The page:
I was provided an abridged version of L.I.V2.E. (Latin Inspired Vegan & Vegetarian Eats): Local & Organic Recipes to Encourage a Healthy Lifestyle as a book review by the author, Melinda Gonzalez. Although it was a review of the abridged version, the opinions expressed are solely my own.
When we started our journey into healthier eating (not just vegan or vegetarian), we had to play a guessing game of what to do and what not to do. Since I was the cook, I did not know that buying and cooking whole foods was better than buying processed vegetarian foods. We are always looking to connect with people who have gone on a food journey similar to our own. Being a vegetarian & vegan Latino family is strange to some folks in our own families and connecting with folks all over the globe makes us realize that we are not alone.
We recently had a person join our Latino Vegans & Vegetarians group on Facebook. Melinda Gonzalez, who has a blog called Organic Melinda, introduced us to her blog and also made us aware that she had written a book called, L.I.V2.E. (Latin Inspired Vegan & Vegetarian Eats): Local & Organic Recipes to Encourage a Healthy Lifestyle . She asked if any blogger would be interested in reviewing her book and I signed up. I was interested in reviewing the book because any recipe that I can veganize for my partner that has a Latin twist, is something I keep on hand and forward to other’s looking to go meatless for a day or for life.
Meal Plan and Exercise Plan
The book is so much more than just recipes; it starts off with the reasons Melinda went vegetarian, to eating super healthy with the birth of her daughter. I can relate to her in the sense that I really did not go vegetarian or eat whole foods until our daughter was born.
For those who don’t know where to start when choosing a healthier meal plan, there is one for you with recipes from the book. If you are a busy family on the go or you are considering incorporating more vegetarian meals during the week, then the meal plan takes the guess work out of your cooking. Exercise is also important and I force myself to move out of the house with my dog at least twice a day, go for walks with our daughter, and swim with her to do exercise. Melinda’s book also provides an exercise plan that was created with the help of a certified personal trainer and registered holistic nutritionist.
Staple Foods for Latinos and Caribbean People
There are foods that have been a staple in many Latino and Caribbean homes that are now considered super foods and are being consumed by those looking for healthier food options. Melinda explains how foods such as Amaranth, Cacao, and even Avocados have been in the diet of Latinos for many centuries.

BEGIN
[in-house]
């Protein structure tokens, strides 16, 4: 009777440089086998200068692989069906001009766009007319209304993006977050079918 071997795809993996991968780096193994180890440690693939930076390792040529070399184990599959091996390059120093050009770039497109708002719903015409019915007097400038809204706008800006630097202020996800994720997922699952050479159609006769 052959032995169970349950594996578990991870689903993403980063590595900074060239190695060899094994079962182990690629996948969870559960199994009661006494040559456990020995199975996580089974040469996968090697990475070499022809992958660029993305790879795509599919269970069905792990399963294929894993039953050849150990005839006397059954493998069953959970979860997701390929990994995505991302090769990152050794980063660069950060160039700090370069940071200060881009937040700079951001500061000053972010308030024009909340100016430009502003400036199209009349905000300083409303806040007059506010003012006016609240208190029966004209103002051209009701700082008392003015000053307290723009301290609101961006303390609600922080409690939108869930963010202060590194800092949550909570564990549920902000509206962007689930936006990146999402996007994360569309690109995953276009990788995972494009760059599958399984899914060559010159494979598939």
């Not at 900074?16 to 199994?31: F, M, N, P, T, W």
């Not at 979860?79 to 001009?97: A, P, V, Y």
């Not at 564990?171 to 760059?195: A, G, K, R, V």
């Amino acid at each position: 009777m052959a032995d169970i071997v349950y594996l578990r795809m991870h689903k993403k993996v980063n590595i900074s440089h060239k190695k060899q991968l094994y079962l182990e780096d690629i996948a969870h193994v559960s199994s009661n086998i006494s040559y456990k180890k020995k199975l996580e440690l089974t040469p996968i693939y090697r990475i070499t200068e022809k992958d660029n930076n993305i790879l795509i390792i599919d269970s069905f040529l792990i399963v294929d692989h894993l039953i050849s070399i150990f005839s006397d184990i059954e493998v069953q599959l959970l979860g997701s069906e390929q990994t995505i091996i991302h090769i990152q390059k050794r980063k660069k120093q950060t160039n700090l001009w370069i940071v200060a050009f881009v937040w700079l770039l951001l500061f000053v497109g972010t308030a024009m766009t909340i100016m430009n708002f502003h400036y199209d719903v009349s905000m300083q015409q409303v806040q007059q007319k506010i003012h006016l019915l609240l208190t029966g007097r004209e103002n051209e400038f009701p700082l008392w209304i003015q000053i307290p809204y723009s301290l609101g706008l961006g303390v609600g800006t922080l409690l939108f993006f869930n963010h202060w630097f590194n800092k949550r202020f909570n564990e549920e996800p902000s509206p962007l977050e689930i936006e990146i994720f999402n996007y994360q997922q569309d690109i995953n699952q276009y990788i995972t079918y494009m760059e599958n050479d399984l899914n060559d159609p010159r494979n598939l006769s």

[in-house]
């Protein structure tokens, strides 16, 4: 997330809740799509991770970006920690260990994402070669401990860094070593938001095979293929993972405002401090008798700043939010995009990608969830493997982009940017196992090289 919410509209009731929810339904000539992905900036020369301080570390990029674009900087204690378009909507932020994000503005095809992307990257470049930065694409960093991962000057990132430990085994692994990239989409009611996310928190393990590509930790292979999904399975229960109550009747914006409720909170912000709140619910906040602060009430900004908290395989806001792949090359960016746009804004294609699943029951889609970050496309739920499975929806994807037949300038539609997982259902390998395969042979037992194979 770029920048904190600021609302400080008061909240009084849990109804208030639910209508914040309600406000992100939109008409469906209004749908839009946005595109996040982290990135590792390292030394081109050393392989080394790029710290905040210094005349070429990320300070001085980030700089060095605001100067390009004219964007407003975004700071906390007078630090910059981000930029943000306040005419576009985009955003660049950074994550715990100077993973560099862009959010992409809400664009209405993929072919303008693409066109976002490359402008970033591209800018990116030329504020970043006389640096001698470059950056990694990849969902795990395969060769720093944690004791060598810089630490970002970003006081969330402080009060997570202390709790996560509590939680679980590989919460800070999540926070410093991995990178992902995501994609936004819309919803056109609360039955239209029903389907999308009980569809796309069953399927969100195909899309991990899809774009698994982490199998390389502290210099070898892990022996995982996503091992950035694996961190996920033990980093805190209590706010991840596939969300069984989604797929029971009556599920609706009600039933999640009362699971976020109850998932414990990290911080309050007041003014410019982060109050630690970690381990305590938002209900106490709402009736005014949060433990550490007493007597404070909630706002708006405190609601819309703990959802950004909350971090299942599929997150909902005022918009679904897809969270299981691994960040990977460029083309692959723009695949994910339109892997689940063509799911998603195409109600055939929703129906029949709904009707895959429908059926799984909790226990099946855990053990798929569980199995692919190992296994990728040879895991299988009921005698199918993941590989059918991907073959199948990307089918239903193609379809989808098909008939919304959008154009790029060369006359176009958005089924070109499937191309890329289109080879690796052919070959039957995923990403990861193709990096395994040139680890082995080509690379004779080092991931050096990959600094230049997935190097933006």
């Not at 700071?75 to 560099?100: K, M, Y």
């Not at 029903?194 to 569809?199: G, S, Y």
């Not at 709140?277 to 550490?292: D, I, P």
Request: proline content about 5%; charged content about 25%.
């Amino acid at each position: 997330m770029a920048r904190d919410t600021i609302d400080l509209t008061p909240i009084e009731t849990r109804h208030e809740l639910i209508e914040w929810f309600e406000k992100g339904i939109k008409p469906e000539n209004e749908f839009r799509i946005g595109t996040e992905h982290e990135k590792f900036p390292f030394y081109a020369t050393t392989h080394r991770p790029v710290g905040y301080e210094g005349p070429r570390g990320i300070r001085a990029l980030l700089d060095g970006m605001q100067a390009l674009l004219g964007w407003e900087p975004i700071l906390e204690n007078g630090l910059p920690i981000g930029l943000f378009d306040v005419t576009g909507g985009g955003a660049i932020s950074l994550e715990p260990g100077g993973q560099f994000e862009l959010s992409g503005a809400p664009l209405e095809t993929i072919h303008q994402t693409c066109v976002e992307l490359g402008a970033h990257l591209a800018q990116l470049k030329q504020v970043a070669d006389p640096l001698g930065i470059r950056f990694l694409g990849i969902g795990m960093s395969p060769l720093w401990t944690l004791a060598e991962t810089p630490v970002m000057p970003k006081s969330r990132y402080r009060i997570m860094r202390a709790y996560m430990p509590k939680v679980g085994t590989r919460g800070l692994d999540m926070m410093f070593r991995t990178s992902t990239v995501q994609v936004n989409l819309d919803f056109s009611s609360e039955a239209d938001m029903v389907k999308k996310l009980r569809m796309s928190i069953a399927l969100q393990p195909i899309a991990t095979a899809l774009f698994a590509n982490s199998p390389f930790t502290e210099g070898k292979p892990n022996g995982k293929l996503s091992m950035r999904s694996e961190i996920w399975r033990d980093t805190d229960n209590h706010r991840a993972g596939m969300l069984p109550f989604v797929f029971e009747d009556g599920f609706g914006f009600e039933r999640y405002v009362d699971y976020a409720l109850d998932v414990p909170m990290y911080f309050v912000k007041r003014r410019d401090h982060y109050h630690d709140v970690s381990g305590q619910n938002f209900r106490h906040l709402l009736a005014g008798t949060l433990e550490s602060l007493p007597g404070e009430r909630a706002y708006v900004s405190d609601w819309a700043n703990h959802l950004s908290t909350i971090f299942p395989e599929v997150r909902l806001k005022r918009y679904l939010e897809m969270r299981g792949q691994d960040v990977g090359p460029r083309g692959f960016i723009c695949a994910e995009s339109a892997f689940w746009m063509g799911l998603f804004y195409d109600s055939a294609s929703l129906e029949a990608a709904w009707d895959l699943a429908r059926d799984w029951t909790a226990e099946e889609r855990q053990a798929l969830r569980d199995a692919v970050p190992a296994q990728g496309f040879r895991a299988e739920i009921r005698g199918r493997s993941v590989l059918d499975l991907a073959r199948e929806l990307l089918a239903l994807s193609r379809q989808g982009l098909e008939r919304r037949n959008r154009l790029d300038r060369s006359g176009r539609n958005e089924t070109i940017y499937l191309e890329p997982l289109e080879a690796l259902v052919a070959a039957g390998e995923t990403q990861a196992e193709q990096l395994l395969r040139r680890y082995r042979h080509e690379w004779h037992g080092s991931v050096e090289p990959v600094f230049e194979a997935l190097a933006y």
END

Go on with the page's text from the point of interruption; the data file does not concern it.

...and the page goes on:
If I look at my mom’s recipes, we always had avocados when they were in season and if someone was going to Puerto Rico, my dad always had to have one from the island if they were in season. Living in Puerto Rico, we are lucky to have family members and friends with all sorts of root vegetables and fruit that you can’t find in the states. Ever had Grosellas for dessert?
Organics on a Budget, GMO’s, & Farmer’s Market List
We buy local organics from El Departamento de La Comida in Santurce, Puerto Rico and we don’t look at price unless it is a tight week budget wise. Melinda has some tips for those looking to purchase local organics on a budget and suggest growing your own or buying at certain times of the month to save some dollars.
Nevertheless, if you are looking to purchase fruits and vegetables that are not Genetically Modified Organisms, then the book also provides an insight on her reasons she avoids GMO’s for her family and offers other alternatives such as growing your own veggies or going to coops.
Since Melinda lives on the East Coast of the United States, she provides a list of Farmer’s Markets in New York and New Jersey. If you purchase the book,you can read more about her conversations with farmers and why sometimes getting labeled as a USDA Organic farm can be costly and lengthy process .
This section gives a wide variety of recipes not just Latino dishes. She offers recipes for the entire day; breakfast, lunch, dinner, snacks, and desserts. The recipe that I wanted to try was the Vegan Veggie Mofongo for one simple reason; I wanted to see how baking the plantain in the oven would really taste and come close to deep frying. I have my own way of doing the mofongo which is closer to making Mangú, a Dominican dish that has one boiling the plantain instead of deep frying pieces.
Melinda provided me a tip about not over baking the plantain pieces or they would be hard as sticks. I cooked the pieces, took them out just in time, and mashed them in my mortar and pestle. I served this with mixed vegetables and an avocado salad with spinach and tomato. My partner and I agreed that texture was close to that of deep frying and was actually better than my boiling technique. It is also healthier than deep frying and gives you that bit of crunch that you find with deep frying.
Melinda offers her experience and knowledge in this book and the reasons she chooses to be a tree hugging hippie (she writes that she literally hugs trees and goes barefoot to be grounded with nature.) Purchasing the book would be a good jump start for those who are considering going vegetarian or vegan.